Welcome to Notary Public on the Northern Line
I am a Notary Public based in London. I offer my services to clients throughout London, with offices in Central London and North London.
I offer appointments either at my office or at your place of business or home if that is more convenient. I can easily visit clients based around the Northen Line tube stations and adjacent areas.
I can provide a full range of notarial services from notarisation of documents, translation of documents in a foreign language, legalisation of documents and apostille.
I serve both companies of all sizes and individual clients. Please contact me beforehand to obtain a quotation.
I am a member of the Notaries Society and I am also a qualified Solicitor.
Examples of Notary Services offered:
- Notarisation of documents for use in foreign legal systems
- Attesting execution of documents
- Preparing Powers of Attorney for use in foreign jurisdictions
- Authenticating documents for international adoption
- Legalisation of documents
- Providing notarial certificates certifying the genuineness of copy documents, signatures and execution of documents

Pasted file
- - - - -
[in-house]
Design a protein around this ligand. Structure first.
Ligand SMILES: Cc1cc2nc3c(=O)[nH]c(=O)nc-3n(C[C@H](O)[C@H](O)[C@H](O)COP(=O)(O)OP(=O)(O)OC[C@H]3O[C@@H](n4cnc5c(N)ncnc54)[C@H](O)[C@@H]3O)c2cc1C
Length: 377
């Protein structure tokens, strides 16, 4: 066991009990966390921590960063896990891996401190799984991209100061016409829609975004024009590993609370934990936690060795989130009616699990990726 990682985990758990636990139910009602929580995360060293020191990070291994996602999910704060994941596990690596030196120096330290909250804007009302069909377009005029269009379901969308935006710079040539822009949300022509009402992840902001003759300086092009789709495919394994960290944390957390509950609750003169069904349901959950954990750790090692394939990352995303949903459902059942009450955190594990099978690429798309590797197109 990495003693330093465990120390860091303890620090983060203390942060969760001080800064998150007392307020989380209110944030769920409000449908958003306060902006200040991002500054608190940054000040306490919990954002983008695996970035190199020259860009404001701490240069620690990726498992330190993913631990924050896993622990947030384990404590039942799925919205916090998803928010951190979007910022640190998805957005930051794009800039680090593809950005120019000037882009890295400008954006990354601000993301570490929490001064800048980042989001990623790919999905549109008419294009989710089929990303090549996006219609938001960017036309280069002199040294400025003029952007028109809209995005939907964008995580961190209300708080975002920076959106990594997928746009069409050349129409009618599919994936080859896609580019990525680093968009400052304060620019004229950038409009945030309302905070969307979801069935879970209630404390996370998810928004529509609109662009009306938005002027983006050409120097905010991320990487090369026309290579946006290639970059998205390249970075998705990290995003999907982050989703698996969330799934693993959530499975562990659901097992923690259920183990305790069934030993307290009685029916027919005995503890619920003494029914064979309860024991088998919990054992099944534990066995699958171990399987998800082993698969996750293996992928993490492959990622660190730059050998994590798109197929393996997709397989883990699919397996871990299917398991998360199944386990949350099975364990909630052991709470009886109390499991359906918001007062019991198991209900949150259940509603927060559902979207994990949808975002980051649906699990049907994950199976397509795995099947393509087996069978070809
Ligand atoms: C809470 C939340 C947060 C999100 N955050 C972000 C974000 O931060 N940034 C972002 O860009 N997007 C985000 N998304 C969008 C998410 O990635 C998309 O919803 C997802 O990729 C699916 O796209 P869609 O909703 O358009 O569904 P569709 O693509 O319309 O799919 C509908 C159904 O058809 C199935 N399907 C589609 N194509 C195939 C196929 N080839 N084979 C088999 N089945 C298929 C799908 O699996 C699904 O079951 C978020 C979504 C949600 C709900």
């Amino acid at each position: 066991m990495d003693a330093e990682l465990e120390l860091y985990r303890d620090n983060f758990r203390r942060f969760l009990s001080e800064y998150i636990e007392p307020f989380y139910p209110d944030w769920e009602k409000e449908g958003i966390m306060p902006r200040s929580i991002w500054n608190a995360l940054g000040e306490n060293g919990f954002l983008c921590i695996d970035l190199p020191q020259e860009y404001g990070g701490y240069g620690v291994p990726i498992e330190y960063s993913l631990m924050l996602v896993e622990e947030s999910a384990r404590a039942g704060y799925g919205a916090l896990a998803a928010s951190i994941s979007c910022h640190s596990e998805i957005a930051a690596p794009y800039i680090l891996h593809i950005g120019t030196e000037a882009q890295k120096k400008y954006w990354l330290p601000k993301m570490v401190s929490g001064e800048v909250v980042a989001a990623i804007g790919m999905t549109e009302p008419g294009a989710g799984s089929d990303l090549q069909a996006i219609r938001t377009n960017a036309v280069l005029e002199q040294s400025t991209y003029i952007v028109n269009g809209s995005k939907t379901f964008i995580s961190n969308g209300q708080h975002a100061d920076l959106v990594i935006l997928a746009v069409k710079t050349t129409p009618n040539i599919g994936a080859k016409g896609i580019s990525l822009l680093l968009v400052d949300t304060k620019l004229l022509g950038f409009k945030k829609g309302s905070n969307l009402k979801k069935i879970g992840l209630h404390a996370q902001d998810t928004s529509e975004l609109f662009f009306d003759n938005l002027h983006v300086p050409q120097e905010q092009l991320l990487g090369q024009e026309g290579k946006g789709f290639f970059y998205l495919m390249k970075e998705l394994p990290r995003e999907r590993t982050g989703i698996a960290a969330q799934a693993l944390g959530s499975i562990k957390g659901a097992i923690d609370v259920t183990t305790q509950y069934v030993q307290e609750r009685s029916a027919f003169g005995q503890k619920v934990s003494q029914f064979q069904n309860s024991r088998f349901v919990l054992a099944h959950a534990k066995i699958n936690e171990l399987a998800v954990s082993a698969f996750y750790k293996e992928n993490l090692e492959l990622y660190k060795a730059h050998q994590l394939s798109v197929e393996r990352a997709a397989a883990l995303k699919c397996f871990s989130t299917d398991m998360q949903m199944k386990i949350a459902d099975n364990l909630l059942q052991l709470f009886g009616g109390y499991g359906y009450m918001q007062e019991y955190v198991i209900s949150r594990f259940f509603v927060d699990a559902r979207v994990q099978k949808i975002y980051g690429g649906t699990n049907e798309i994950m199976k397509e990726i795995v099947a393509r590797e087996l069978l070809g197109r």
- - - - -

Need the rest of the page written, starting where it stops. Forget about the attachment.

- Taking declarations, Affidavits, Oaths and Acknowledgments
- Witnessing / attesting events and transactions
- Translating foreign documents into English and vice versa
- Verifying of translations from foreign languages to English and vice versa
For authentication of company documents, UK diplomas and decree absolute (divorce papers), it is not necessary to make an appointment and attend my office. This can be done online. Please contact us for more details.
Notaries are also available in Notary in Croydon, Notary in Newham, Notary in Dartford, Notary in Ilford and Notary in Romford, Notary in London, Notary Public London, Notary in Woking, Notary in Guildford, Notary Public Worksop and Notary in Harlow and Notary in Cheshunt, Notary in Twickenham Cardiff Notary in Stevenage , Notary Public Walsall
History of Notaries
Notaries can be traced back to the Roman Empire where they began as a class of court official who drew up documents for the judiciary. The judges thereafter used a seal to authenticate these documents into legal Acts. Eventually, the courts empowered the notaries to authenticate deeds and documents with their own individual seals.
With the sixteenth century Reformation, Rome passed the appointment of notaries to the Crown in 1533. The monarchy entrusted the Archbishop of Canterbury to oversee the appointment through the Court of Faculties; a tradition which continues today.
Since the mid-1800s, the number of notaries in England and Wales has increased from around 50 to over 800; most are practising solicitors.